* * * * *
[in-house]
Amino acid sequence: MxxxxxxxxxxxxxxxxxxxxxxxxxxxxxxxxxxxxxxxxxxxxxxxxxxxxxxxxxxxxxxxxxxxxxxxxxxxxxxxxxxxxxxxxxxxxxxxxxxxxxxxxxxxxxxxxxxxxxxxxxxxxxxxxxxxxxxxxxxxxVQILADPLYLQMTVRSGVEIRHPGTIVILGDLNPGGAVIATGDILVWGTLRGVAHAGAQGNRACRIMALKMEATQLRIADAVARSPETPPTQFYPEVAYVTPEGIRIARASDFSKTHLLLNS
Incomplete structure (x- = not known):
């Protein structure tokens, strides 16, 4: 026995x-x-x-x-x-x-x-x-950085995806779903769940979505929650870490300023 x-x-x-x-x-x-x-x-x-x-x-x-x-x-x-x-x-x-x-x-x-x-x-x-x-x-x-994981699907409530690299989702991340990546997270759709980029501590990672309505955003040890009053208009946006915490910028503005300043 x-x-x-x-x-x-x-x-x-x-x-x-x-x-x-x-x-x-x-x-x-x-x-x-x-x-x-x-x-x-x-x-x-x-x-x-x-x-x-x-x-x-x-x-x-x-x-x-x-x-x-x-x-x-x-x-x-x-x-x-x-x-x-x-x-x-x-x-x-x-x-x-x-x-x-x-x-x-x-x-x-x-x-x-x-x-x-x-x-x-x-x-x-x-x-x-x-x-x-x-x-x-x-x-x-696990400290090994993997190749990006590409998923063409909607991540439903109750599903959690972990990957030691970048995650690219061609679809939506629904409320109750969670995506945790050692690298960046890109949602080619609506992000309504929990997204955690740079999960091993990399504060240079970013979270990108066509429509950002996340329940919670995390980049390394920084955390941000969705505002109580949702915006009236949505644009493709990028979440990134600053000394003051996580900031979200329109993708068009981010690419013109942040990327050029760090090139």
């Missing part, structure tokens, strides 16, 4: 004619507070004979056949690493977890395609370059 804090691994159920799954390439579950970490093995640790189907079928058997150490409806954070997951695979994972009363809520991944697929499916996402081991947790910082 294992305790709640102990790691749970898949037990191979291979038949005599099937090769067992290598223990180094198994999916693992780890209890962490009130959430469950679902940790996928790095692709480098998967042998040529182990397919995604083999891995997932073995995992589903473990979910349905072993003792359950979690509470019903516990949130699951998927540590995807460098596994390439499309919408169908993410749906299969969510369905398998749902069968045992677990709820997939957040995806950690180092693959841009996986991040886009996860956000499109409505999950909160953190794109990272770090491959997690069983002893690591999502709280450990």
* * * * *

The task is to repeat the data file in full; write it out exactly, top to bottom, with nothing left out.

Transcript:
[in-house]
Amino acid sequence: MxxxxxxxxxxxxxxxxxxxxxxxxxxxxxxxxxxxxxxxxxxxxxxxxxxxxxxxxxxxxxxxxxxxxxxxxxxxxxxxxxxxxxxxxxxxxxxxxxxxxxxxxxxxxxxxxxxxxxxxxxxxxxxxxxxxxxxxxxxxxVQILADPLYLQMTVRSGVEIRHPGTIVILGDLNPGGAVIATGDILVWGTLRGVAHAGAQGNRACRIMALKMEATQLRIADAVARSPETPPTQFYPEVAYVTPEGIRIARASDFSKTHLLLNS
Incomplete structure (x- = not known):
């Protein structure tokens, strides 16, 4: 026995x-x-x-x-x-x-x-x-950085995806779903769940979505929650870490300023 x-x-x-x-x-x-x-x-x-x-x-x-x-x-x-x-x-x-x-x-x-x-x-x-x-x-x-994981699907409530690299989702991340990546997270759709980029501590990672309505955003040890009053208009946006915490910028503005300043 x-x-x-x-x-x-x-x-x-x-x-x-x-x-x-x-x-x-x-x-x-x-x-x-x-x-x-x-x-x-x-x-x-x-x-x-x-x-x-x-x-x-x-x-x-x-x-x-x-x-x-x-x-x-x-x-x-x-x-x-x-x-x-x-x-x-x-x-x-x-x-x-x-x-x-x-x-x-x-x-x-x-x-x-x-x-x-x-x-x-x-x-x-x-x-x-x-x-x-x-x-x-x-x-x-696990400290090994993997190749990006590409998923063409909607991540439903109750599903959690972990990957030691970048995650690219061609679809939506629904409320109750969670995506945790050692690298960046890109949602080619609506992000309504929990997204955690740079999960091993990399504060240079970013979270990108066509429509950002996340329940919670995390980049390394920084955390941000969705505002109580949702915006009236949505644009493709990028979440990134600053000394003051996580900031979200329109993708068009981010690419013109942040990327050029760090090139």
């Missing part, structure tokens, strides 16, 4: 004619507070004979056949690493977890395609370059 804090691994159920799954390439579950970490093995640790189907079928058997150490409806954070997951695979994972009363809520991944697929499916996402081991947790910082 294992305790709640102990790691749970898949037990191979291979038949005599099937090769067992290598223990180094198994999916693992780890209890962490009130959430469950679902940790996928790095692709480098998967042998040529182990397919995604083999891995997932073995995992589903473990979910349905072993003792359950979690509470019903516990949130699951998927540590995807460098596994390439499309919408169908993410749906299969969510369905398998749902069968045992677990709820997939957040995806950690180092693959841009996986991040886009996860956000499109409505999950909160953190794109990272770090491959997690069983002893690591999502709280450990």